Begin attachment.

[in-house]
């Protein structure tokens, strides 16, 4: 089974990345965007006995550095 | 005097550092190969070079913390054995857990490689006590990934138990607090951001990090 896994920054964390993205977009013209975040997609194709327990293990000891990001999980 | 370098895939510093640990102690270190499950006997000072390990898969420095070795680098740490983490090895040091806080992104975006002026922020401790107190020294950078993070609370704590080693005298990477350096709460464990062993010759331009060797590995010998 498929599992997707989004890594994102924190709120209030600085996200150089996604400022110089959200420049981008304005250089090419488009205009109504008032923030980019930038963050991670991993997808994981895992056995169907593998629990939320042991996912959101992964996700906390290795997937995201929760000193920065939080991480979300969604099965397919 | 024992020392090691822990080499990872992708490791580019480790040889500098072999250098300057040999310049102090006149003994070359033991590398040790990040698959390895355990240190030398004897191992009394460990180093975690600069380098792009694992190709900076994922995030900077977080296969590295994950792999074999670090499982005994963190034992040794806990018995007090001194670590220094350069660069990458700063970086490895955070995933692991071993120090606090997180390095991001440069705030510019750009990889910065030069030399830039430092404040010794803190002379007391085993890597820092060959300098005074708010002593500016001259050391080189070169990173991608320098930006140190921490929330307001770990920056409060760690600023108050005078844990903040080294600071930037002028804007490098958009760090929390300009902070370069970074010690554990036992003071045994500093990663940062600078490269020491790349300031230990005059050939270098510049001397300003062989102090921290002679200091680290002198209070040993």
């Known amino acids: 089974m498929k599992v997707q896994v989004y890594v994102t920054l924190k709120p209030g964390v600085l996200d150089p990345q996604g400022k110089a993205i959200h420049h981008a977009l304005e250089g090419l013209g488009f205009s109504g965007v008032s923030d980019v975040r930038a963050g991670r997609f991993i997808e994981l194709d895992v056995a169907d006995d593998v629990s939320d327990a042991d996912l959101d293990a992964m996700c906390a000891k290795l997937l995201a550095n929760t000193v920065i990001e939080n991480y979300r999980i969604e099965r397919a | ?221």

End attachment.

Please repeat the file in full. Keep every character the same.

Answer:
[in-house]
């Protein structure tokens, strides 16, 4: 089974990345965007006995550095 | 005097550092190969070079913390054995857990490689006590990934138990607090951001990090 896994920054964390993205977009013209975040997609194709327990293990000891990001999980 | 370098895939510093640990102690270190499950006997000072390990898969420095070795680098740490983490090895040091806080992104975006002026922020401790107190020294950078993070609370704590080693005298990477350096709460464990062993010759331009060797590995010998 498929599992997707989004890594994102924190709120209030600085996200150089996604400022110089959200420049981008304005250089090419488009205009109504008032923030980019930038963050991670991993997808994981895992056995169907593998629990939320042991996912959101992964996700906390290795997937995201929760000193920065939080991480979300969604099965397919 | 024992020392090691822990080499990872992708490791580019480790040889500098072999250098300057040999310049102090006149003994070359033991590398040790990040698959390895355990240190030398004897191992009394460990180093975690600069380098792009694992190709900076994922995030900077977080296969590295994950792999074999670090499982005994963190034992040794806990018995007090001194670590220094350069660069990458700063970086490895955070995933692991071993120090606090997180390095991001440069705030510019750009990889910065030069030399830039430092404040010794803190002379007391085993890597820092060959300098005074708010002593500016001259050391080189070169990173991608320098930006140190921490929330307001770990920056409060760690600023108050005078844990903040080294600071930037002028804007490098958009760090929390300009902070370069970074010690554990036992003071045994500093990663940062600078490269020491790349300031230990005059050939270098510049001397300003062989102090921290002679200091680290002198209070040993």
């Known amino acids: 089974m498929k599992v997707q896994v989004y890594v994102t920054l924190k709120p209030g964390v600085l996200d150089p990345q996604g400022k110089a993205i959200h420049h981008a977009l304005e250089g090419l013209g488009f205009s109504g965007v008032s923030d980019v975040r930038a963050g991670r997609f991993i997808e994981l194709d895992v056995a169907d006995d593998v629990s939320d327990a042991d996912l959101d293990a992964m996700c906390a000891k290795l997937l995201a550095n929760t000193v920065i990001e939080n991480y979300r999980i969604e099965r397919a | ?221």